Don’t take my word for it! Check out this John Oliver clip on Multi-Level Marketing
Leah Wise is the founder of StyleWise Blog. She has been writing, speaking, and consulting on sustainable fashion, the fair trade and secondhand supply chain, and digital marketing for over ten years. An Episcopal priest, Leah holds a B.A. in Religion from Florida State University and an M.Div. from Yale Divinity School. When not working, you can find her looking for treasures at the thrift store.
Wednesday 24th of August 2016
I would love to hear specifically why you don't think direct sales is a good business plan for fair trade. Thanks!
Sunday 3rd of July 2016
I literally came here just to see what your thoughts were on Noonday since they employ the direct marketing model. Ha! I have the same discomfort with direct sales - almost every single friend who I have seen become a seller either does it because they truly like the product and want the discount OR they make faulty attempts at selling and eventually peter out and (I strongly suspect) lose money in the end - they never admit it, though. It's so sad to watch. I also really abhor how these businesses particularly prey on women and push a pretty corrupt definition of the phrase "empowerment of women". Sigh. Any business that makes you pay to be a part is not empowering you.However, I really do tend to like Noonday's styles/products and fair trade ethic quite a bit, and have bought at least two items directly from their site without ever having been marketed to directly (I think I found them through Jen Hatmaker originally). Do you think it's ok to buy directly from the website (to voice my vote that they simply leave behind the direct sales because their products need no particular direct marketing?) or is that still ultimately supporting a company that employs the MLM model that I so dislike? Would love to know your thoughts! I love putting my $ toward fair trade items, but I'm wondering if there's a company similar to Noonday in quality/ethics/care of employees that I could support instead?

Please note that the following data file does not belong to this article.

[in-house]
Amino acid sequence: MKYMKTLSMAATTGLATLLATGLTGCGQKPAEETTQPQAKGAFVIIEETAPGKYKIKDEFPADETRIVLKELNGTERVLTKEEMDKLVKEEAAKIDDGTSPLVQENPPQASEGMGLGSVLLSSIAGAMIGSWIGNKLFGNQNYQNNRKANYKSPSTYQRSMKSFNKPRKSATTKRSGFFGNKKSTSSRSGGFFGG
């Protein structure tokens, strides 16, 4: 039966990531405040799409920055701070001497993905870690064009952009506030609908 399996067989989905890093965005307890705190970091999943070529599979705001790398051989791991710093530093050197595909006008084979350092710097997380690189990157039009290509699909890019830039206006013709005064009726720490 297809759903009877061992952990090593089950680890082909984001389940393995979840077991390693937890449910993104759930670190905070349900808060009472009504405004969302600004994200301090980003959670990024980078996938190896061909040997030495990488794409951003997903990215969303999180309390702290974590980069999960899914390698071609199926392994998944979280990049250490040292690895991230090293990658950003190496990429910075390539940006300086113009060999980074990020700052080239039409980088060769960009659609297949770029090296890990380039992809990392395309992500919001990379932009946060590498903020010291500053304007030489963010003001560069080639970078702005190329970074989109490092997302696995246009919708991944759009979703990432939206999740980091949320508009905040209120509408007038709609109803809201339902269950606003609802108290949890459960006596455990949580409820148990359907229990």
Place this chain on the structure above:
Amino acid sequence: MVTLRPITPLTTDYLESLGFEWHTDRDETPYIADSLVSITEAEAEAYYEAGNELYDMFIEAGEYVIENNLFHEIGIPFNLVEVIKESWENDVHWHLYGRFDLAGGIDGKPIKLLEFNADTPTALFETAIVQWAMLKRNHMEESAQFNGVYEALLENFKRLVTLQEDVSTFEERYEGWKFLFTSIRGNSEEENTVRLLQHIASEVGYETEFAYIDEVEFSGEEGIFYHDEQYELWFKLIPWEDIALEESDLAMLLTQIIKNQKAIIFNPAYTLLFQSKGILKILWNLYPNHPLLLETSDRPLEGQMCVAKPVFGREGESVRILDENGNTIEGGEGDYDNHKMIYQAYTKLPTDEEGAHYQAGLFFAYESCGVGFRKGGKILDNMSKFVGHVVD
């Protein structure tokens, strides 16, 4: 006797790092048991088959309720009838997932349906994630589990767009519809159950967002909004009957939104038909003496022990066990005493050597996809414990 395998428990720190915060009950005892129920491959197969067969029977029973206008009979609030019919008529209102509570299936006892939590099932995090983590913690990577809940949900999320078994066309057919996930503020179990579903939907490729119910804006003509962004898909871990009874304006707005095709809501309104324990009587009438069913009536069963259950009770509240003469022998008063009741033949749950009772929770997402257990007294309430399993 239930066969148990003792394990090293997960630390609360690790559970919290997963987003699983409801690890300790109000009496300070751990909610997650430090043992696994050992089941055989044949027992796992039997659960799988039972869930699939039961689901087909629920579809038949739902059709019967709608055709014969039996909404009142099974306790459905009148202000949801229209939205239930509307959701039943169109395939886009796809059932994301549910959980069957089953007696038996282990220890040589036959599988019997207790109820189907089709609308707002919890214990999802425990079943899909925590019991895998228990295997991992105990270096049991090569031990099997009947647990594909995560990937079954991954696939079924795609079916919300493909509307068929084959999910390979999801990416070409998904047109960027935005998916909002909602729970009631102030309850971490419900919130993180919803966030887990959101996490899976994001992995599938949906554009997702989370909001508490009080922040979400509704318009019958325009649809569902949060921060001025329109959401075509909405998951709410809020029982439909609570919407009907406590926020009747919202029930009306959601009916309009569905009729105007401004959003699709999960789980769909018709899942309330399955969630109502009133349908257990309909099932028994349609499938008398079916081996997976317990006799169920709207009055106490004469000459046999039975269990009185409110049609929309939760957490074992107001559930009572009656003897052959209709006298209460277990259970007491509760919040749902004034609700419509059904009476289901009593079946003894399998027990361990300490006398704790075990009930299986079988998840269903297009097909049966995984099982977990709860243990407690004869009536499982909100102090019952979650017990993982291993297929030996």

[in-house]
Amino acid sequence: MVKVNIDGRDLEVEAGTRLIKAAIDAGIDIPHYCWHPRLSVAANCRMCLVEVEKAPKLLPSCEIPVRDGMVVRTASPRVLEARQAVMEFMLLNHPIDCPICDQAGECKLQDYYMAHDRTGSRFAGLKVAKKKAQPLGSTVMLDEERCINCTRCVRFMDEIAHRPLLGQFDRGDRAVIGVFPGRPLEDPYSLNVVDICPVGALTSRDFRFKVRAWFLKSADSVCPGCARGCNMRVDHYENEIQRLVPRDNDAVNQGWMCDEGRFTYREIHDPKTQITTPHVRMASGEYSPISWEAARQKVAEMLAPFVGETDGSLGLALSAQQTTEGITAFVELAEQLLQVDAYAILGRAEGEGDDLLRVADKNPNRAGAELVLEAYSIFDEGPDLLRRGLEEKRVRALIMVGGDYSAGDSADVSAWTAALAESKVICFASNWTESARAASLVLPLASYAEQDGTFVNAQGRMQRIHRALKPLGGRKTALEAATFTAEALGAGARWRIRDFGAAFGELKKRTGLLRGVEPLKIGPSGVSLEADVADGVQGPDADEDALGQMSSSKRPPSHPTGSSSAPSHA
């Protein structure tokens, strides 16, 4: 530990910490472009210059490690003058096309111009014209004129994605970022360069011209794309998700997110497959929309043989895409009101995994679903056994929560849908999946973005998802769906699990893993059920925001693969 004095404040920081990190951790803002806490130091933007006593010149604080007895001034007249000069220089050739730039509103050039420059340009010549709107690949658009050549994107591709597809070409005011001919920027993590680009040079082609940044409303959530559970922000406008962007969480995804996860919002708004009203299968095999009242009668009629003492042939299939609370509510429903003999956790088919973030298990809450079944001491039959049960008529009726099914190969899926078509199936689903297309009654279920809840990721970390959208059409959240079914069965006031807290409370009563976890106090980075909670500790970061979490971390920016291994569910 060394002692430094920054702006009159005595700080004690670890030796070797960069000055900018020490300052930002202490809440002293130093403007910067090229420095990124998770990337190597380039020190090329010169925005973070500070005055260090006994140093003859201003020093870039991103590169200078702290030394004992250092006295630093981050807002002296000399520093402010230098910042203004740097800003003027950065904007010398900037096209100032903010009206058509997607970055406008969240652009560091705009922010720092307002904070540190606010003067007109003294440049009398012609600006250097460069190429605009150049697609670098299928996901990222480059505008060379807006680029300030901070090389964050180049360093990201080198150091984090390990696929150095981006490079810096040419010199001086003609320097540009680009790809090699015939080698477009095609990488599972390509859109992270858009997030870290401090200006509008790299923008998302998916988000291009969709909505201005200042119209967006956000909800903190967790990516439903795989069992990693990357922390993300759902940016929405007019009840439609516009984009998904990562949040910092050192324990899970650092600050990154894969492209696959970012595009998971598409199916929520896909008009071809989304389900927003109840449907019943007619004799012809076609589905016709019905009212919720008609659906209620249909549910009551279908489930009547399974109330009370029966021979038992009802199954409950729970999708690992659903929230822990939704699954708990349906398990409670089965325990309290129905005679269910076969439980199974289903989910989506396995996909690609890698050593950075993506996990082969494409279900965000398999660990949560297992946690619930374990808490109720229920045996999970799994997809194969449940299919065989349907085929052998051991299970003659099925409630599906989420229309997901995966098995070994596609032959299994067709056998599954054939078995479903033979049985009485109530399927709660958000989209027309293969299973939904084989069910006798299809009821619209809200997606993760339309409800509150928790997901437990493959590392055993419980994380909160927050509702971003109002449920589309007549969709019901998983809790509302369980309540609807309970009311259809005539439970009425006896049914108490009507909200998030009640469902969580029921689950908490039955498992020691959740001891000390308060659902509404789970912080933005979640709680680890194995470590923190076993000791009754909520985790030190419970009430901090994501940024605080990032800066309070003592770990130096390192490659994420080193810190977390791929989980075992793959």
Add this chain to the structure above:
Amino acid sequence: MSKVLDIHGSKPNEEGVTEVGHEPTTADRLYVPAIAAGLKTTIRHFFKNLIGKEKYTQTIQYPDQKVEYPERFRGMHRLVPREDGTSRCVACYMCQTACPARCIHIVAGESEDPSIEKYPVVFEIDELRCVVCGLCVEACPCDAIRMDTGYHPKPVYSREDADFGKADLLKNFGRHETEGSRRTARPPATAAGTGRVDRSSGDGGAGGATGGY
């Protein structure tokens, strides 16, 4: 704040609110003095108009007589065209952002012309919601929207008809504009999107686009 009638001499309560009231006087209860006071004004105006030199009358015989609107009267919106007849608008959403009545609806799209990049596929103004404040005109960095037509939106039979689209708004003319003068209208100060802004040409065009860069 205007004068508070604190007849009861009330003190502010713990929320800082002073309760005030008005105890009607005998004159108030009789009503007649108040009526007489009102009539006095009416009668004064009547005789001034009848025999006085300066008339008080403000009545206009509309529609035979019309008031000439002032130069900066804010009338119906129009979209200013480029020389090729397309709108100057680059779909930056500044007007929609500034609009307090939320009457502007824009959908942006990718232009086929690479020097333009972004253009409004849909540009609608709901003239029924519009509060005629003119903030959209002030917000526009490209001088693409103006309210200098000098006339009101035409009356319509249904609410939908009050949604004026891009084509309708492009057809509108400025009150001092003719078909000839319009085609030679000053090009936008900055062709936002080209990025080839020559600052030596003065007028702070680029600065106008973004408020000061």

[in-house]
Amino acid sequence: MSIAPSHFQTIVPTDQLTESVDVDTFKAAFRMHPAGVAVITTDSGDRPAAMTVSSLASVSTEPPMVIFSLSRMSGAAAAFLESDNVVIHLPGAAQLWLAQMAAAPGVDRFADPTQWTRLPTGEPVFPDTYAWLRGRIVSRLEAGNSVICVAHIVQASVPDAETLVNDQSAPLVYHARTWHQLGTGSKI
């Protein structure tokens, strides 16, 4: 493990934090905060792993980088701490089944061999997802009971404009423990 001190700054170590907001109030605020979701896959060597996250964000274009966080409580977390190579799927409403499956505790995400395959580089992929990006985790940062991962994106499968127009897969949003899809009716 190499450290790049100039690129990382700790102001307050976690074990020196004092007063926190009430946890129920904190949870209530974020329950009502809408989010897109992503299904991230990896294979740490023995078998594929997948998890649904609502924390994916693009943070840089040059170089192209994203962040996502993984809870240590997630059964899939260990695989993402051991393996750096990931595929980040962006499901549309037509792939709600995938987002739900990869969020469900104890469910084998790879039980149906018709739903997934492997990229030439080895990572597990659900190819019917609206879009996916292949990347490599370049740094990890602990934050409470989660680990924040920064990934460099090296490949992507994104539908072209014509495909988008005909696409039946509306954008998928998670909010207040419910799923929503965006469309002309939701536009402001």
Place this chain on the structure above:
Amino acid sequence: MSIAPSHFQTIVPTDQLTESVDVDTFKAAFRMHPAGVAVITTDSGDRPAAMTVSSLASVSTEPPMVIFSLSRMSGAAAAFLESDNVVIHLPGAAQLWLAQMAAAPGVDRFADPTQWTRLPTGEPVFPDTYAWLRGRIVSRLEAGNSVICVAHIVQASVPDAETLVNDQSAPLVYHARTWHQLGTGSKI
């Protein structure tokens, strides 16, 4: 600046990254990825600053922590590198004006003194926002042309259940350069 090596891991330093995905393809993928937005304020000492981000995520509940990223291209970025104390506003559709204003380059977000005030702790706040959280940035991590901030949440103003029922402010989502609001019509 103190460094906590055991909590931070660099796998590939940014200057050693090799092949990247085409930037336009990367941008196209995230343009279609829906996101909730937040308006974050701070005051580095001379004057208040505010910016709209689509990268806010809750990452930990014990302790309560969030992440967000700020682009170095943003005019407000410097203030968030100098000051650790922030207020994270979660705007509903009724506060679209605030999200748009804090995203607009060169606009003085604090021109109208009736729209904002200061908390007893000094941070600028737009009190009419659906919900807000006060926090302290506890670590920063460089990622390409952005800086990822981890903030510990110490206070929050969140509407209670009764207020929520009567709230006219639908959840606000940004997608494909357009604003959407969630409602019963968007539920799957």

Wednesday 13th of April 2016
Thank you for your response. Seriously, this helped confirm that it's not just me. And your point about cash flow is one I hadn't even considered, but it's totally on point. My friend sells Lula Roe (she commented above) and they shut down their online shopping option, which I think is a step in the right direction. If I want their product, I have to go through someone I know. With Noonday, it seems like a ton of people have social media accounts set up to promote the product and it makes it feel like their product is flooding the market. I think it creates confusion on the consumer side of things because there's essentially no difference between each seller.
Wednesday 13th of April 2016
I realize I'm late to the [at-home] party here, but I had to come back to this post after reading it a month ago. A friend of mine from high school is the newest addition to direct sales gang on my Facebook feed, hocking a Norwex, a thing I will likely never need. I dug into your archives to find this post so I could passive aggressively post it on my own newsfeed.Something I find really sinister about direct sales in any industry -- crap makeup (Mary Kay), jewelry (Stella & Dot), ethical fashion (Noonday) -- is how there's the exact same bottomline: get cash up front. A successful business knows cash flow is king -- not profit -- so they're selling their wares to ambassadors at wholesale cost and passing their risk to someone else. Whether you succeed or fail, they already have your money. Sure, maybe they're selling a community or empowering...someone...but I guarantee the strategy behind the model is to get the cash up front, move product, and use personal relationships to increase conversions. After all, it's marketing 101 that friend-to-friend recommendations are the #1 driver in sales. The direct sales model has it lock because their sales representatives are actually paying to work for them. They're the real customers, not the employees.It wouldn't bother me as much if all of these brands didn't sell the product straight-to-consumer on their website, or if there were a separate, exclusive line for ambassadors. I once found myself at a Stella & Dot party without cash (I thought I was going to a luncheon as my friend's date). There was a necklace I really liked, but I couldn't buy it, didn't remember the woman's name, and ended up Googling Stella & Dot to buy it off their website. I can't be the first person to do this. They got my money with a much higher margin.At the end of the day, brands and products get customer loyalty, not people. How many times have we glossed over a friend's GoFundMe post that says, "if all of my friends donated $10..." but readily donated money to the new Humans of New York fundraiser? MadeFAIR has been live for 8 months and three of my friends have made purchases -- four if you include the one who works for me and gets a substantial discount. So, unless an ambassador is well-versed in marketing and sales to strangers, their new business venture will be unsustainable.
Tuesday 5th of April 2016
I think this is a fantastic piece. I understand some feathers were ruffled but we share a lot of the same fears and concerns. I've seen too many friends fall prey to MLM and end up losing money and confidence. I wish there was a way we could take this momentum and drive women have and turn it into profitable, sustainable (both in the eco sense and the financial sense of the word) and enjoyable businesses. Good for you for tackling a prickly subject!